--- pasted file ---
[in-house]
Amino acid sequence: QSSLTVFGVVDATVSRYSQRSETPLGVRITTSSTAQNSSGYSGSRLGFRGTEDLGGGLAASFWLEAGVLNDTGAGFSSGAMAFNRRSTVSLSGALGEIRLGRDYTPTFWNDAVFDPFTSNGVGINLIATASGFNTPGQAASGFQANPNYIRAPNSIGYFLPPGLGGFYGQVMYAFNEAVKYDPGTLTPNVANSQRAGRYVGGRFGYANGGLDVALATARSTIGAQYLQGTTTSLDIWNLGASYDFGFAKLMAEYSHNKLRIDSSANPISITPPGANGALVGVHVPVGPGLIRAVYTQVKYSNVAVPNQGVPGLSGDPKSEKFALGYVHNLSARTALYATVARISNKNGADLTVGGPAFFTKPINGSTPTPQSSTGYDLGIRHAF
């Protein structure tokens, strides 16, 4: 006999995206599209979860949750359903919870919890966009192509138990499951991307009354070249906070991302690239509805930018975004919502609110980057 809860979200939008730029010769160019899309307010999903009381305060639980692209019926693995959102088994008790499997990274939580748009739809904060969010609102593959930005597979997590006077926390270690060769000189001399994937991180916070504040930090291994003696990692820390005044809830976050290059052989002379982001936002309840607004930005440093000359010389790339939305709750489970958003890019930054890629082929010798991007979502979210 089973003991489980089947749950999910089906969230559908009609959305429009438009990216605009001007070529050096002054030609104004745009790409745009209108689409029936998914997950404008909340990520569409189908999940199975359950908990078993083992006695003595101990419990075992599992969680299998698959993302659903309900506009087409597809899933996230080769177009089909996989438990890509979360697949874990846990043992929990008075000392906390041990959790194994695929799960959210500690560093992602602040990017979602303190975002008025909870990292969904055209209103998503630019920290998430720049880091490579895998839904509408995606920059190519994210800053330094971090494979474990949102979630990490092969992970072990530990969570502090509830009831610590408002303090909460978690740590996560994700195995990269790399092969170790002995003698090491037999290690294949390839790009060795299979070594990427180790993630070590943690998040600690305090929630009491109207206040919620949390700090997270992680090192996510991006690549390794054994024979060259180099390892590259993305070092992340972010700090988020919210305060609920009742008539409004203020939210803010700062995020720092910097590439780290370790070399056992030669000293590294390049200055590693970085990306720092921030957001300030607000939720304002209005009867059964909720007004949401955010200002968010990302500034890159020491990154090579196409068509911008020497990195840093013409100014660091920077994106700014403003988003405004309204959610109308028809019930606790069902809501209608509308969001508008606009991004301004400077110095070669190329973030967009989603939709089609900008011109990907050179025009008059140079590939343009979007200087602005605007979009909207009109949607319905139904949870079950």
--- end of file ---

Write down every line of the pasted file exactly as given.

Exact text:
[in-house]
Amino acid sequence: QSSLTVFGVVDATVSRYSQRSETPLGVRITTSSTAQNSSGYSGSRLGFRGTEDLGGGLAASFWLEAGVLNDTGAGFSSGAMAFNRRSTVSLSGALGEIRLGRDYTPTFWNDAVFDPFTSNGVGINLIATASGFNTPGQAASGFQANPNYIRAPNSIGYFLPPGLGGFYGQVMYAFNEAVKYDPGTLTPNVANSQRAGRYVGGRFGYANGGLDVALATARSTIGAQYLQGTTTSLDIWNLGASYDFGFAKLMAEYSHNKLRIDSSANPISITPPGANGALVGVHVPVGPGLIRAVYTQVKYSNVAVPNQGVPGLSGDPKSEKFALGYVHNLSARTALYATVARISNKNGADLTVGGPAFFTKPINGSTPTPQSSTGYDLGIRHAF
């Protein structure tokens, strides 16, 4: 006999995206599209979860949750359903919870919890966009192509138990499951991307009354070249906070991302690239509805930018975004919502609110980057 809860979200939008730029010769160019899309307010999903009381305060639980692209019926693995959102088994008790499997990274939580748009739809904060969010609102593959930005597979997590006077926390270690060769000189001399994937991180916070504040930090291994003696990692820390005044809830976050290059052989002379982001936002309840607004930005440093000359010389790339939305709750489970958003890019930054890629082929010798991007979502979210 089973003991489980089947749950999910089906969230559908009609959305429009438009990216605009001007070529050096002054030609104004745009790409745009209108689409029936998914997950404008909340990520569409189908999940199975359950908990078993083992006695003595101990419990075992599992969680299998698959993302659903309900506009087409597809899933996230080769177009089909996989438990890509979360697949874990846990043992929990008075000392906390041990959790194994695929799960959210500690560093992602602040990017979602303190975002008025909870990292969904055209209103998503630019920290998430720049880091490579895998839904509408995606920059190519994210800053330094971090494979474990949102979630990490092969992970072990530990969570502090509830009831610590408002303090909460978690740590996560994700195995990269790399092969170790002995003698090491037999290690294949390839790009060795299979070594990427180790993630070590943690998040600690305090929630009491109207206040919620949390700090997270992680090192996510991006690549390794054994024979060259180099390892590259993305070092992340972010700090988020919210305060609920009742008539409004203020939210803010700062995020720092910097590439780290370790070399056992030669000293590294390049200055590693970085990306720092921030957001300030607000939720304002209005009867059964909720007004949401955010200002968010990302500034890159020491990154090579196409068509911008020497990195840093013409100014660091920077994106700014403003988003405004309204959610109308028809019930606790069902809501209608509308969001508008606009991004301004400077110095070669190329973030967009989603939709089609900008011109990907050179025009008059140079590939343009979007200087602005605007979009909207009109949607319905139904949870079950």